The perils of pivot

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USS-Chung-Hoon during joint military exercise in PhilippinesTHE proposal  for “increased” access to facilities in Subic and other places to US forces and those of other “allies” is a byproduct of US desire to upgrade their pivot in Asia and of the Philippines necessity to arrest the rampaging actions of China in the West Philippine Sea.

The plan could either be a blessing or a curse for the Philippines.

The decision to implement the plan should be guided first and foremost, and only, by a determination that it would be in our national interest. It would be a political judgment call by the leadership of the country. It should be operationalized within a strategic framework which will maximize security, economic and diplomatic benefits for the Philippines. As far as possible, the country must unite behind the plan if adopted. The first step is to lower the decibels about it.

Secretary of Defense Voltaire Gazmin put it in a simple, frank and direct manner why we need the increased access. We are helpless in the midst of a resolute China which has been gobbling reefs and shoals in the South China Sea with impunity. The hope is that the increased presence of the US will make China stop, look and listen in its march for hegemony in the region. Will this be a forlorn hope?

China today is not the China of yesterday. Today it is the second largest economy in the world which does not hesitate to use its economic clout to achieve its political ends. There is a young Chinese nationalism among significant sectors of the population which now consider their country as the center of the world. It has a mission to right the wrongs done to them throughout their history. It is a big neighbor to the north with new found power which cannot be ignored.

The US today is not the US of yesterday. After exhausting military adventures to advance democracy in different parts of the world and after successive economic setbacks, it finds itself in a diminished position in global affairs.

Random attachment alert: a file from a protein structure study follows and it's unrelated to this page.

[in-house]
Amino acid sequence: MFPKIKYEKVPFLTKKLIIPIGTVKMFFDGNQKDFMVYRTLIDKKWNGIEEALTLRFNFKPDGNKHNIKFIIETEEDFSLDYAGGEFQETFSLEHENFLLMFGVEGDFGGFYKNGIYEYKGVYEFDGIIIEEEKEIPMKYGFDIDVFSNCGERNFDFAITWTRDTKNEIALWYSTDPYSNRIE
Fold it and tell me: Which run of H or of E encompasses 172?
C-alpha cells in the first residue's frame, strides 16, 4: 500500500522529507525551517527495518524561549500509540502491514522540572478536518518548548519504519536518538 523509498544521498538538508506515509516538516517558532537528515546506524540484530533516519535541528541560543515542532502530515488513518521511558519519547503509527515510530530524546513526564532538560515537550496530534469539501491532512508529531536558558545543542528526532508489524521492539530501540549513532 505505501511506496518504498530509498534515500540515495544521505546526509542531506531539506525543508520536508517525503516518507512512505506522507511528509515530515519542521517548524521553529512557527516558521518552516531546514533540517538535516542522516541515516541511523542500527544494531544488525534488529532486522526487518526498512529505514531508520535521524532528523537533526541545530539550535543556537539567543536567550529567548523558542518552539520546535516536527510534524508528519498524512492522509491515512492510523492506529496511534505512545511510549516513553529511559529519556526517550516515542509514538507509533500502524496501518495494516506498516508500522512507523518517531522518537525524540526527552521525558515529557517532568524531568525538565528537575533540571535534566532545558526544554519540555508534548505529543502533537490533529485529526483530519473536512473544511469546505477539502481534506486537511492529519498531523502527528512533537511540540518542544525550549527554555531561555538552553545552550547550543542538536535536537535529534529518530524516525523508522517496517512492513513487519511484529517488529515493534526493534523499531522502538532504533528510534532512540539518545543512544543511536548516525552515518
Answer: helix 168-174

The unipolar world is over and the US finds itself no longer able to impose its will as some sort of global policeman. Still and realistically, the US seems the only antidote to the cancer which is spreading in the West Philippine Sea.

The security architecture in the Asian Pacific region has also shifted. Asean today is not the Asean of yesterday. The solidarity and unity of the Organization have dissipated and members now place premium on bilateral relations as geopolitical balance shifts.

While there is consensus on the advantages of a continued US economic presence in the region, members are wary of increased military presence. For national convenience, they may look the other way if the Philippines embrace the US rebalancing of forces to Asia.

The US pivot is already in Asia: in Australia, in Singapore and in the Philippines.

Here, there has been increased augmentation of US troops and increased deployment; more war games and military exercises; more frequent docking of US warships at our ports. (Do they pay fees?) There have been unfortunate incidents of the pivot: dumping of untreated wastes in our waters; the Tubbataha destruction of corals by the USS Guardian; drones found in Masbate.

The Visiting Forces Agreement has been cited as covering the actions in the increased access plan. Even before the pivot, there is already a need to revisit the VFA and renegotiate provision on the concept of “visiting”, “activities” and criminal jurisdiction. The increased access plan makes this revisit more urgent.

The challenge for Philippine foreign policy is to craft a strategic framework which will meet the challenges of take advantage of the opportunities of the US pivot in Asia. The challenge for the Philippine diplomacy is to adopt an alert, agile and aggressive approach to shifting developments in the region.

Where do our national interests reside? How best can we protect and promote these interests? Can the US sustain or is it willing, to sustain its pivot to Asia? These could well be existential questions for us.

(The author was the Philippine Permament Representative to the United Nations (May 2003- Feb.2007). Prior to that, he was Foreign Affairs Undersecretary for Policy.)